Huawei and ZTE, two of the biggest firms in the implementation of 5G telecommunications networks worldwide begin to feel the effects of US sanctions and worldwide shunning as countries force their carriers to engage with other manufacturers. In Mainland China, Huawei and ZTE have delayed their massive plans to install 5G base stations all over the country. China’s plans to rely on domestic technology amidst a bitter trade war with the United States of America has them redesigning products and changing equipment to remove American components. Meanwhile, in Mainland China, network carriers face uncertainty amid returns on investments as the rolling out of 5G base stations slows down as domestic manufacturers de-Americanize network equipment.
Chinese government authorities’ push towards 5G is evident. During the course of this year, Beijing authorities created a nearly-autonomous 5G ministry, putting key players of Chinese tech industry oversight at its helm as the Asian nation plans to double the number of base stations in Mainland China.
Bad Weather & Floods Slow Down 5G Rollout In Mainland China
Massive rains and floods add up to reasons for the delays in the implementation of 5G infrastructure in many provinces in Mainland China. And while the Chinese network providers like China Telecom, China Unicom and China Mobile, who signed massive contracts with government-owned companies like ZTE and Huawei are waiting to see some returns on their investments, the manufacturers continue to produce equipment for local demand using their massive stockpiles.
5G technologies and their implementation are crucial to the Chinese government “New Infrastructure Initiative” which aims to bolster the Asian nation’s economy as they slowly roll out of the pandemic that put the world’s productive apparatus on a halt, forcing every industry to reshape the way they conduct commercial relations.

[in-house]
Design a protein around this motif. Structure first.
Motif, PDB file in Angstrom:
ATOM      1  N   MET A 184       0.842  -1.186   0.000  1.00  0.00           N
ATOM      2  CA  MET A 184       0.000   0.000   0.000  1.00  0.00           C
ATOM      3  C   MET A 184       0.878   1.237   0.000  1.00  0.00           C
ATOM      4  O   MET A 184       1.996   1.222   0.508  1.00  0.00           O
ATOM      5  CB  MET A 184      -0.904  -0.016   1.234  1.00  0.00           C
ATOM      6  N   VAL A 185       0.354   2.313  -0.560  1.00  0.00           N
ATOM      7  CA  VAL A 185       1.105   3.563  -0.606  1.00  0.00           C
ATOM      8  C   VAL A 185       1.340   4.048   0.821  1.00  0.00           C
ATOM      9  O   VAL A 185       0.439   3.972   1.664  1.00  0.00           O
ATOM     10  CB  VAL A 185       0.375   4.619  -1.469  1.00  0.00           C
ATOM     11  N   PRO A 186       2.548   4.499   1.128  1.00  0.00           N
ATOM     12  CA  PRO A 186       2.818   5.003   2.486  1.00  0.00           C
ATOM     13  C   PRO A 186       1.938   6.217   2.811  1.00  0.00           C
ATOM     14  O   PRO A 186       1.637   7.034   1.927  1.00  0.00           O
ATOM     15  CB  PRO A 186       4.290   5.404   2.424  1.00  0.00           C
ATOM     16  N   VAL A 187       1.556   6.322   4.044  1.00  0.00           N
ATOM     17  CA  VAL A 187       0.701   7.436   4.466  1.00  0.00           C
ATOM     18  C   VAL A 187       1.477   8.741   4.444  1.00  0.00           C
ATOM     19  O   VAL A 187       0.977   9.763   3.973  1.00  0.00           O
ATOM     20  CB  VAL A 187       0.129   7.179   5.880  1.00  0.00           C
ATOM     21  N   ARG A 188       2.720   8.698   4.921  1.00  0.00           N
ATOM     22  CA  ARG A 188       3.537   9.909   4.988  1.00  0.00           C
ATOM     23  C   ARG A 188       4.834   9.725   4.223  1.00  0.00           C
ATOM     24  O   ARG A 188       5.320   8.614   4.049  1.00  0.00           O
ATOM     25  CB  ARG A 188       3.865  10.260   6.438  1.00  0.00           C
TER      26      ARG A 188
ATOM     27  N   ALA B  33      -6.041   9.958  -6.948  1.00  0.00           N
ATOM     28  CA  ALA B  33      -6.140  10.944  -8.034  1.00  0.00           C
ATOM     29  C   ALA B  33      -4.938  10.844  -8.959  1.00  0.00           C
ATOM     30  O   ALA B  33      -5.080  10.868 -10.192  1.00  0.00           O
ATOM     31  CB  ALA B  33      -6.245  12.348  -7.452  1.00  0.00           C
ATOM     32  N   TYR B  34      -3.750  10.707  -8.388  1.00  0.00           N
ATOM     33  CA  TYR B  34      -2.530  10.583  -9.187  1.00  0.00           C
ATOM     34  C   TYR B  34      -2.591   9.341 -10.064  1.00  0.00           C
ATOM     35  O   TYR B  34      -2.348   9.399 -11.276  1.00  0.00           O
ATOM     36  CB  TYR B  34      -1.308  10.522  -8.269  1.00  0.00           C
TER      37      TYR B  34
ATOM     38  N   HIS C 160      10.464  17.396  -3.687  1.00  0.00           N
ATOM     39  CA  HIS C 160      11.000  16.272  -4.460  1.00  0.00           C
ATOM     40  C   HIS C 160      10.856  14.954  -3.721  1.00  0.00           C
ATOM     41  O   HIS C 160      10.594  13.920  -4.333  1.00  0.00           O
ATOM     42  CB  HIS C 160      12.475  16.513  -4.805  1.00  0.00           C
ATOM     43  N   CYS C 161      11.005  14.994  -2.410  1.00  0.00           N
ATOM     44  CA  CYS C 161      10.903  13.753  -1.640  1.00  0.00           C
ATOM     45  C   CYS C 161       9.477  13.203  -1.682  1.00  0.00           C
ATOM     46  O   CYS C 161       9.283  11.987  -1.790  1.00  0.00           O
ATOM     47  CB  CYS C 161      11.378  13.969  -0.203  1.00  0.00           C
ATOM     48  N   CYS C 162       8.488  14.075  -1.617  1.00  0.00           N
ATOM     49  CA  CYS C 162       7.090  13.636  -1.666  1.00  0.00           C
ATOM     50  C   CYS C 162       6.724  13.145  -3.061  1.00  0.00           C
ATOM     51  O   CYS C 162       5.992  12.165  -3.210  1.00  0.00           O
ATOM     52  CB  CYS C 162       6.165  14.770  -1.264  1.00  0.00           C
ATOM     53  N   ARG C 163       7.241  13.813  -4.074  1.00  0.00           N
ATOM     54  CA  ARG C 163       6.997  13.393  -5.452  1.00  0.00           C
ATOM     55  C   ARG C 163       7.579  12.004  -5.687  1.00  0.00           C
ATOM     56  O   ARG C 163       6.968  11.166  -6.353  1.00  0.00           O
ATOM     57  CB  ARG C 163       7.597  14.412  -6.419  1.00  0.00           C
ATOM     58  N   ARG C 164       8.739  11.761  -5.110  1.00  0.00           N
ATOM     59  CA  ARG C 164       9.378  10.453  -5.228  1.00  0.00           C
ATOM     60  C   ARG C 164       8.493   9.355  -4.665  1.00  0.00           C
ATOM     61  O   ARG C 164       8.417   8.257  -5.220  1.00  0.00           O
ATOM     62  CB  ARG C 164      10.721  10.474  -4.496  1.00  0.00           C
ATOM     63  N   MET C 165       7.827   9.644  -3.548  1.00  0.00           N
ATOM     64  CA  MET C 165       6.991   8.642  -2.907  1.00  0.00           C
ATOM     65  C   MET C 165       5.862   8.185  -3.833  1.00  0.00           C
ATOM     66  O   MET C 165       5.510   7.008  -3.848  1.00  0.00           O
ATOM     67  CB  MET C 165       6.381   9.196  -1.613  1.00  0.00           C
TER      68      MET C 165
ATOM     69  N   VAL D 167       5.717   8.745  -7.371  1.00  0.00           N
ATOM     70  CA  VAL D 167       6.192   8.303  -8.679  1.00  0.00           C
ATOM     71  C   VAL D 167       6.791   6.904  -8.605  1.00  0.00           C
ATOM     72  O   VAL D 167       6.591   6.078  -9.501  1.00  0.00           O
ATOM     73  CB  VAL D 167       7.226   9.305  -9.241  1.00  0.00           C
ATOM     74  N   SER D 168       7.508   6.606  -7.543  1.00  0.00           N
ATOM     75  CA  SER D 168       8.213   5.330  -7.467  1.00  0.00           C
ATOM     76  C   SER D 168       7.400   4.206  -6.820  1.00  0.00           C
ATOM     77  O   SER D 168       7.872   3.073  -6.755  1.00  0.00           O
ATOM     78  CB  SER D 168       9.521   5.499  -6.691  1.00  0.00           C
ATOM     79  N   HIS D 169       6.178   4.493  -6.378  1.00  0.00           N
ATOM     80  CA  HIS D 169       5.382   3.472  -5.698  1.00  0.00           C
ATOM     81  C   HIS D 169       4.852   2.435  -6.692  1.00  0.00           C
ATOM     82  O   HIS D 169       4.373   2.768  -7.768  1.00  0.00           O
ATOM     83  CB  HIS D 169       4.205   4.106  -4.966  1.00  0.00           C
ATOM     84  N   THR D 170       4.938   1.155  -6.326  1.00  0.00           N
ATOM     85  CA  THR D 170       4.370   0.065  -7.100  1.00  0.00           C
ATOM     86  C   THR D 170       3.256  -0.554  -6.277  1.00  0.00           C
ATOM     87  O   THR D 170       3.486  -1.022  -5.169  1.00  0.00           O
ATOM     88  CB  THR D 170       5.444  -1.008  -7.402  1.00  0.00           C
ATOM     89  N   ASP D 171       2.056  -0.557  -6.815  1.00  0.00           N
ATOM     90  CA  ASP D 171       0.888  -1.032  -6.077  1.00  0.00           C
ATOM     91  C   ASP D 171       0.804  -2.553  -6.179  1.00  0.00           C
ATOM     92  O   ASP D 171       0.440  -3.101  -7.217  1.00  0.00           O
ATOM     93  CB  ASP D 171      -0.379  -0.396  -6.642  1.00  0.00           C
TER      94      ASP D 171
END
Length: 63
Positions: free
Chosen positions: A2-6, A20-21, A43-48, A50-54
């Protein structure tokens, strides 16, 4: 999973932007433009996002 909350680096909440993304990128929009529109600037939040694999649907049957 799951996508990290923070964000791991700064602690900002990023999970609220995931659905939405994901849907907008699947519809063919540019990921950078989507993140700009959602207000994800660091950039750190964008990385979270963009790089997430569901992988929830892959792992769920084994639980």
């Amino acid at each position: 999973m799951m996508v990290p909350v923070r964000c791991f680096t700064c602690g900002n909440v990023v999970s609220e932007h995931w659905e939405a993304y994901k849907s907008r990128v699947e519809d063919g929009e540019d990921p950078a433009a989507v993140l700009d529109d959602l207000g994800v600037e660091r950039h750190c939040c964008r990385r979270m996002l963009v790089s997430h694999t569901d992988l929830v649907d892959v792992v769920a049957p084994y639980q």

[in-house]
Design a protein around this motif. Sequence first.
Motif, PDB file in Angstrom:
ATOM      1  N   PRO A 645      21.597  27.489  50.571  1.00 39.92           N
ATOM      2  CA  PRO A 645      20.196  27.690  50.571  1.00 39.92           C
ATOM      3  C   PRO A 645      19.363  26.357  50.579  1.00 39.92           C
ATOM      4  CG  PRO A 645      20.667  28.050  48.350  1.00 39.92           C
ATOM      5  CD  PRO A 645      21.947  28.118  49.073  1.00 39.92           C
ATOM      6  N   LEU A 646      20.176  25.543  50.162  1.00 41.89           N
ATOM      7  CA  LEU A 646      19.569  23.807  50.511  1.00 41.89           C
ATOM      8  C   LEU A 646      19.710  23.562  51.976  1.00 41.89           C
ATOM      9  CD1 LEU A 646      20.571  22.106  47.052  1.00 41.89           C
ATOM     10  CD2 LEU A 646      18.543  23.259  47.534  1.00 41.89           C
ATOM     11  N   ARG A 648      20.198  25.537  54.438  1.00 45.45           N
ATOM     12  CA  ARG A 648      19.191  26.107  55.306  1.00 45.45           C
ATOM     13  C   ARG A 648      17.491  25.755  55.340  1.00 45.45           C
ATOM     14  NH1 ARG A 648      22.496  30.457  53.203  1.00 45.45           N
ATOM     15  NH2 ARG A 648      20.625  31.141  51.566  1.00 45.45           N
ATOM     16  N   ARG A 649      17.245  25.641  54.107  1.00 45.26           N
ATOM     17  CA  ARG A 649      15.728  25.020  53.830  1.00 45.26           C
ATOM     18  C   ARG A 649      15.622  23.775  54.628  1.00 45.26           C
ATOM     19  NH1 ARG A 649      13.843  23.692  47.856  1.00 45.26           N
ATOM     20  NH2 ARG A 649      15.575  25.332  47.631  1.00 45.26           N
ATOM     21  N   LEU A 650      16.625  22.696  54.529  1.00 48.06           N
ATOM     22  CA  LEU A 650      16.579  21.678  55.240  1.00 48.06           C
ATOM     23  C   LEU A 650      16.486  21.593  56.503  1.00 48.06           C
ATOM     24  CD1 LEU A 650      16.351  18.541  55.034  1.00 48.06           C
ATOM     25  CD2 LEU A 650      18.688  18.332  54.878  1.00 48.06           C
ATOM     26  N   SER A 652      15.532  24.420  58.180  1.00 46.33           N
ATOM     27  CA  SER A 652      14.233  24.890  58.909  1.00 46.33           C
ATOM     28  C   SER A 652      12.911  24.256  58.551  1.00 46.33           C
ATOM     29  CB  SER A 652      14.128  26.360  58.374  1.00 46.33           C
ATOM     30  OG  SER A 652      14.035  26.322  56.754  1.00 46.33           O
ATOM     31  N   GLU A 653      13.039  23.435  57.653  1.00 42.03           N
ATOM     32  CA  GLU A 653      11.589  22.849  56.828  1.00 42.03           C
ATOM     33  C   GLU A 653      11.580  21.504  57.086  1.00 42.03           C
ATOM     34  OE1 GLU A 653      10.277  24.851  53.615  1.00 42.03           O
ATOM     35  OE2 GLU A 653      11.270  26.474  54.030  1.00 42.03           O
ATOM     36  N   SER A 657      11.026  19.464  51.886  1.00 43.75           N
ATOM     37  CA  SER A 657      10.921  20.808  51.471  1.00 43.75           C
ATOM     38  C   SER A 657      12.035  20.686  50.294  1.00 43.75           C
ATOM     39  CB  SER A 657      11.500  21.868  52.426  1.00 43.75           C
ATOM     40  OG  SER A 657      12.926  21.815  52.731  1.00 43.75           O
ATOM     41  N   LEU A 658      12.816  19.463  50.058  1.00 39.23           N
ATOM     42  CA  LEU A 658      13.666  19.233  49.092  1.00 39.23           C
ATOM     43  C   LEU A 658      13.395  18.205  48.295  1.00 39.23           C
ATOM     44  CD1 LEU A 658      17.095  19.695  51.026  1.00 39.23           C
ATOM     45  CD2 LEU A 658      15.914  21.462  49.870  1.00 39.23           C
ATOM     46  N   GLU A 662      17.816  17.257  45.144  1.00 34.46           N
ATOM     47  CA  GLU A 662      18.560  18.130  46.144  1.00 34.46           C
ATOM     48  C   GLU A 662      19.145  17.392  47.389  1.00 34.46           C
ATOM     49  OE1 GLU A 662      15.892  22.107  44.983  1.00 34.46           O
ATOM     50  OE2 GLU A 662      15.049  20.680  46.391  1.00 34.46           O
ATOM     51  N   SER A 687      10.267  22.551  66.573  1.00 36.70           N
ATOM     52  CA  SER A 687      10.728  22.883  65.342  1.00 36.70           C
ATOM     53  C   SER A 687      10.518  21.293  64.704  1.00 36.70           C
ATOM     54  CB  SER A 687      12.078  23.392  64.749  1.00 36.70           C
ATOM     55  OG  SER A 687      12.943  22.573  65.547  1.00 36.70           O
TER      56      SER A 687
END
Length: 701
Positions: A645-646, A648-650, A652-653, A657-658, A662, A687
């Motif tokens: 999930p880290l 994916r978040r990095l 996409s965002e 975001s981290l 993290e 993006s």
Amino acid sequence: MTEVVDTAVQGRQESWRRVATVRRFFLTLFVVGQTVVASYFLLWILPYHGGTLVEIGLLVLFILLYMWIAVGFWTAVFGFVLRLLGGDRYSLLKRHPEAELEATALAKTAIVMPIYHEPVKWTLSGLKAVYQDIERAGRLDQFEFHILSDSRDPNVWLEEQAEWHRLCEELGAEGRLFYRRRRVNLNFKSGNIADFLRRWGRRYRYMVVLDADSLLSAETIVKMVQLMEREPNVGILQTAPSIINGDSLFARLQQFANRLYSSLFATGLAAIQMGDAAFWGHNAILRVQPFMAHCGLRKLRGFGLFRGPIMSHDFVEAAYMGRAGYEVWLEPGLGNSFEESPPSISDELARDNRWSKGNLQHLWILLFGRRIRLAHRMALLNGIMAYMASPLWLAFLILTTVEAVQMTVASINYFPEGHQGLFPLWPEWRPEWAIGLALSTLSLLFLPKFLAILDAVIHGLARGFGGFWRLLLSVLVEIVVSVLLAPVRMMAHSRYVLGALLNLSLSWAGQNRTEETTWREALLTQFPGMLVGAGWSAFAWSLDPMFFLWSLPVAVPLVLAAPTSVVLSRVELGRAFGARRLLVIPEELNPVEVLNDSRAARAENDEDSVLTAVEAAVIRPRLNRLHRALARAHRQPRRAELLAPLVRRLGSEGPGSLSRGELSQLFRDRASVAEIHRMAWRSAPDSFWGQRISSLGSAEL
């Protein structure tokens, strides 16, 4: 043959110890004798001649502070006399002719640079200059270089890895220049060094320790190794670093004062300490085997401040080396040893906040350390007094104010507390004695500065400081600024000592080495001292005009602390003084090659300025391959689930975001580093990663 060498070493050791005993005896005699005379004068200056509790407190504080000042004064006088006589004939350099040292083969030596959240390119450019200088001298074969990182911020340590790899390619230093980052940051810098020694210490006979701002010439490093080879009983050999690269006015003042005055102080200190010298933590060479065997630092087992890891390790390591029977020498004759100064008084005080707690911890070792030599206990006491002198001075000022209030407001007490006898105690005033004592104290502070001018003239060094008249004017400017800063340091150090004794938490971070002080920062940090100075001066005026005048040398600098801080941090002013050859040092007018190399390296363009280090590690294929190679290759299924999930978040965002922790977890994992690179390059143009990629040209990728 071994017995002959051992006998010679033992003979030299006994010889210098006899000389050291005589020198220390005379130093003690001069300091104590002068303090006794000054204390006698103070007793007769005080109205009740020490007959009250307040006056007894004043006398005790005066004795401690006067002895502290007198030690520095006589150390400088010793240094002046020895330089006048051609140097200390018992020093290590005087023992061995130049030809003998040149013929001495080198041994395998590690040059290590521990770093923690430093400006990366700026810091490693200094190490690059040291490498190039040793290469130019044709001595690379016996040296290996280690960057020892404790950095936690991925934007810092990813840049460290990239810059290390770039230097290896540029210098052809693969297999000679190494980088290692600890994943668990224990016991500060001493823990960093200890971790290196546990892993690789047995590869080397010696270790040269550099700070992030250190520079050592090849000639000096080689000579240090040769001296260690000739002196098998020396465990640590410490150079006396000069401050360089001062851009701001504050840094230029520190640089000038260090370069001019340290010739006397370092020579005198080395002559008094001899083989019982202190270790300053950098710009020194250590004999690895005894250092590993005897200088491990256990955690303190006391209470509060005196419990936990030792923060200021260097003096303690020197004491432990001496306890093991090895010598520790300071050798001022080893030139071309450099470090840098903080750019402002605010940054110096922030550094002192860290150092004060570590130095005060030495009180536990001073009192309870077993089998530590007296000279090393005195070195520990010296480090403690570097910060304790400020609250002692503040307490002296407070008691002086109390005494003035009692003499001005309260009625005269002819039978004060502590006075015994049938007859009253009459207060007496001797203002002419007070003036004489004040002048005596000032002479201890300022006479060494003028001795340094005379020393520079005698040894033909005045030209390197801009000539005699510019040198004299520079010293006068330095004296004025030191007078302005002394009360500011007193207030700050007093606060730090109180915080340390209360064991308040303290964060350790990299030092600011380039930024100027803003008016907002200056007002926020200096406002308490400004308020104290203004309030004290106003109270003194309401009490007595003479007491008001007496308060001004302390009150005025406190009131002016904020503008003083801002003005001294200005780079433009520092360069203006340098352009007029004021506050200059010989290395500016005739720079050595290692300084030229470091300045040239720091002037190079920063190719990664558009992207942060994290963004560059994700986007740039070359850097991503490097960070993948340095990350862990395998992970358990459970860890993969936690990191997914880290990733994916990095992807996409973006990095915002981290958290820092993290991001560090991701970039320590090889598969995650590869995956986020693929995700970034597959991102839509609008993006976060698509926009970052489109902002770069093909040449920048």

China Mobile, the largest carrier in the world by mobile subscribers, considers that despite their 5G implementations, their expenditures will not increase despite the delay. China Unicom considers that the investment saved their company money in regards of network and equipment maintenance as well as utility charges. For China Telecom, the network provider considers that deepening the relationship with 5G manufacturers will reduce operational expenditures.
Chinese telecommunications equipment suppliers are at the center of several oversight probes as well as regulatory affairs investigations and criminal charges following racketeering practices, theft, industrial espionage, sabotage and massive surveillance. These investigations have made their way to the media and have been accompanied by sanctions and trade restrictions that have hampered the supply chain continuity for these Mainland China companies. Despite these legal issues, the slowdown in the 5G rollout is only temporary, because the Beijing government wants 5G capacity this year in Mainland China, the carriers are expectant and the hi-tech industrial parks in several provinces of the country are slowly but steadily beginning to operate again at full capacity right after the coronavirus epidemic slows down.